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News & Views

IEEE comments on cybersecurity test fund

Businesses rely on enterprise IoT devices to increase productivity and enable hybrid working. These smart devices collect sensitive data, which can be accessed by other users, making them an attractive target for cyber criminals to exploit.  With organizations now able to apply for up to £200,000 of Government funding to support research into the cyber security of office devices which connect to the internet, we ask IEEE’s ( Steven Furnell, senior member and professor of cybersecurity at the University of Nottingham, and Kevin Curran, IEEE senior member and professor of cybersecurity at Ulster University, for their views on how the evolution of IoT technology and smart devices are impacting on enterprise security.

“IoT devices have the potential to collect and access a large amount of personal information about users and sensitive data relating to their environment.  Devices are often linked to the accounts that consumers use on other devices.  The difference is that on these other devices they are more readily protected against unauthorised use.  On the smart device people may set them up initially and forget that they are essentially ‘logged in’ all the time.  Added to this, people are often less mindful of the security risks posed by IoT devices, as they do not necessarily think of the devices as storing and communicating data in the same way as traditional computing devices,” says Furnell.

“Most IoT devices are not doing any ongoing checks on who is using them, they are set up and can then be controlled equally by anyone, albeit maybe with a password or PIN required to get into the ‘Settings’ menu.  However, introducing a check each time someone wants to do something would not be possible if we rely on traditional methods.  Biometrics open the door to making the checks in a friendly and tolerable manner, with the potential for seamless transitioning between users of shared devices.”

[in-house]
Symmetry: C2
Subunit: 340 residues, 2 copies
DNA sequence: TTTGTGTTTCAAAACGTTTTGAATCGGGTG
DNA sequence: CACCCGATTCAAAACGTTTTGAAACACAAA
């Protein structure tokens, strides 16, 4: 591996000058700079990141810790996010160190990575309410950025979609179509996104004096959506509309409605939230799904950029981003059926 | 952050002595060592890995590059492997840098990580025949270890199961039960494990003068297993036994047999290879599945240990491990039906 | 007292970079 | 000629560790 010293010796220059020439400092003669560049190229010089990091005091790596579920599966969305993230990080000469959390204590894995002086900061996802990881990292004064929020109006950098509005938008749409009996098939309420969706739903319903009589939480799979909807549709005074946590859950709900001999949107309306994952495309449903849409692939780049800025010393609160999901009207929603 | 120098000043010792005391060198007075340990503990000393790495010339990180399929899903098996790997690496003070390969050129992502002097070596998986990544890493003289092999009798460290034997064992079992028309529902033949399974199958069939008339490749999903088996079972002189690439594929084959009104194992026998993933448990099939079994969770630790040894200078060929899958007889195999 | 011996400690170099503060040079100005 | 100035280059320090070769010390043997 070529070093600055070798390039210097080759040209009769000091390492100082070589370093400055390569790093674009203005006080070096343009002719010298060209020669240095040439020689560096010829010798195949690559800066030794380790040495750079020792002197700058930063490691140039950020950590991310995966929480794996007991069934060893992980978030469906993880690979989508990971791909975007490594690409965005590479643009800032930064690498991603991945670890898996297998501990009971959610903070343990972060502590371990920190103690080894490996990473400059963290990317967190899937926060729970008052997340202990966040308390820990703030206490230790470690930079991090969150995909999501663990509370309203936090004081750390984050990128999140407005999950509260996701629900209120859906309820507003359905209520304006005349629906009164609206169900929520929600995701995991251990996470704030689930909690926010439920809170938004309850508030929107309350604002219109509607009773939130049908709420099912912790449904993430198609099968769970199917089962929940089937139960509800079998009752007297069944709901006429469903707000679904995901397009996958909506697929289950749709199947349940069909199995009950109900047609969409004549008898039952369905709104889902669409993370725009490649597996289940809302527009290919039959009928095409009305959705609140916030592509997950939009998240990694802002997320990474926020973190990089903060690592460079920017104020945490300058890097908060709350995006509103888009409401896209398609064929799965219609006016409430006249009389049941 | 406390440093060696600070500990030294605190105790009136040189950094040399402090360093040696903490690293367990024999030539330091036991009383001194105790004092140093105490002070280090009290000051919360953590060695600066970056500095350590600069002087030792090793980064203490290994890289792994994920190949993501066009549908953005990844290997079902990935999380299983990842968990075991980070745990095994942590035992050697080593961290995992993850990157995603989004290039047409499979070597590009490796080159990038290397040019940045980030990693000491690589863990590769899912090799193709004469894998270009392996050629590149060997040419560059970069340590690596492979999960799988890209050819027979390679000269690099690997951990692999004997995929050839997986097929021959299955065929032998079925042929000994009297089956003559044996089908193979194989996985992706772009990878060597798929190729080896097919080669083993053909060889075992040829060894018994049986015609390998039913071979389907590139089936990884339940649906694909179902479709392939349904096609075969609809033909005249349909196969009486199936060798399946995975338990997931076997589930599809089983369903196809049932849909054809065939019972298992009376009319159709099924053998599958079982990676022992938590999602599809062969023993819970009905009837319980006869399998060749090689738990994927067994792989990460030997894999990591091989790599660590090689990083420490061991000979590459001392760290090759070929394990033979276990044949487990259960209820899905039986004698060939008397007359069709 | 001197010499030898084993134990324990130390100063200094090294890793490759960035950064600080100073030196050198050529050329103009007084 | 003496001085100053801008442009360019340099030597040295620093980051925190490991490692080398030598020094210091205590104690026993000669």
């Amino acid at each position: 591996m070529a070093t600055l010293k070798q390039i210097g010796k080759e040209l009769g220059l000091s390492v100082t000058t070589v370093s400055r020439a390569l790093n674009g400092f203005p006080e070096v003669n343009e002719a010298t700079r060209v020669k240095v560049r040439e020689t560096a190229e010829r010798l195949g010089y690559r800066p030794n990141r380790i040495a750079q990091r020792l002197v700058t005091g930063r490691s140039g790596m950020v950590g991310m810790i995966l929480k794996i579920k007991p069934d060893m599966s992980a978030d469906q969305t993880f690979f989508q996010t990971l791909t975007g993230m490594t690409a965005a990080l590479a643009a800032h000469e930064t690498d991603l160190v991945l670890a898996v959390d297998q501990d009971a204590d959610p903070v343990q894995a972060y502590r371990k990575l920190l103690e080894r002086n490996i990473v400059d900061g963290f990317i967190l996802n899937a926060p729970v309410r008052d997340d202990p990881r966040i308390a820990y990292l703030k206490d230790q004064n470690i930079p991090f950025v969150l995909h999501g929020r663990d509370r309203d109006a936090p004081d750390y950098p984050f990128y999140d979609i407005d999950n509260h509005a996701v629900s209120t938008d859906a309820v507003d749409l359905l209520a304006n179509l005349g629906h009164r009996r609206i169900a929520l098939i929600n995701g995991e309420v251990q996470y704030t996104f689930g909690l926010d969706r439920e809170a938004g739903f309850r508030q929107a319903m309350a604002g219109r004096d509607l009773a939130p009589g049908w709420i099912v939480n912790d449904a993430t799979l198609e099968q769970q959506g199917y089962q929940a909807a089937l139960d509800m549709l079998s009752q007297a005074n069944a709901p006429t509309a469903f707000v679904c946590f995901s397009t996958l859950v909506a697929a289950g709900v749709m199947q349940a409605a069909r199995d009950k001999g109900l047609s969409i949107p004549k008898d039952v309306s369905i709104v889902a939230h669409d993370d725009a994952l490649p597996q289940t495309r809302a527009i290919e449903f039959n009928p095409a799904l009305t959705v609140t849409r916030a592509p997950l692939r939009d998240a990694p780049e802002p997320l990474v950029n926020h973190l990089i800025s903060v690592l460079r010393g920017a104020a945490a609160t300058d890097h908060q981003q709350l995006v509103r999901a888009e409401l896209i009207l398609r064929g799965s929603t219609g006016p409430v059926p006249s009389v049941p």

“IoT devices can provide an easy way into an enterprise’s network, especially with a BYOD culture in place.  With more devices there are more endpoints, and this could lead to a chain-attack which has catastrophic consequences.  Organizations need to ensure they deploy IoT devices with sufficient security policies in place, such as firewalls and intrusion detection and prevention systems, but they also need to ensure they cater for the confidentiality of their customers' data. This is where encryption plays a core role.  Of course, all devices need strong passwords, but it is also good practice to enforce certificate-based authentication which identifies communicating individuals and authorised devices,” adds Curran.

“Many of the steps in securing IoT activities are similar to security within the larger enterprise system.  However, organizations need to be aware that privacy issues can arise due to their IoT data collection mechanisms which may lead to user profiling and identification of individuals in unforeseen use case scenarios.  The greatest care needs to be taken when deploying data collection devices with regards their lifecycle, data collection mechanisms and overall security protocols.  While devices may have some protections built-in, products with poor cyber security can leave companies using them at risk, particularly as more and more data is being collected. Adopting a multi-layered security strategy is often best practice.”

Further detail about the cybersecurity test fund can be found at
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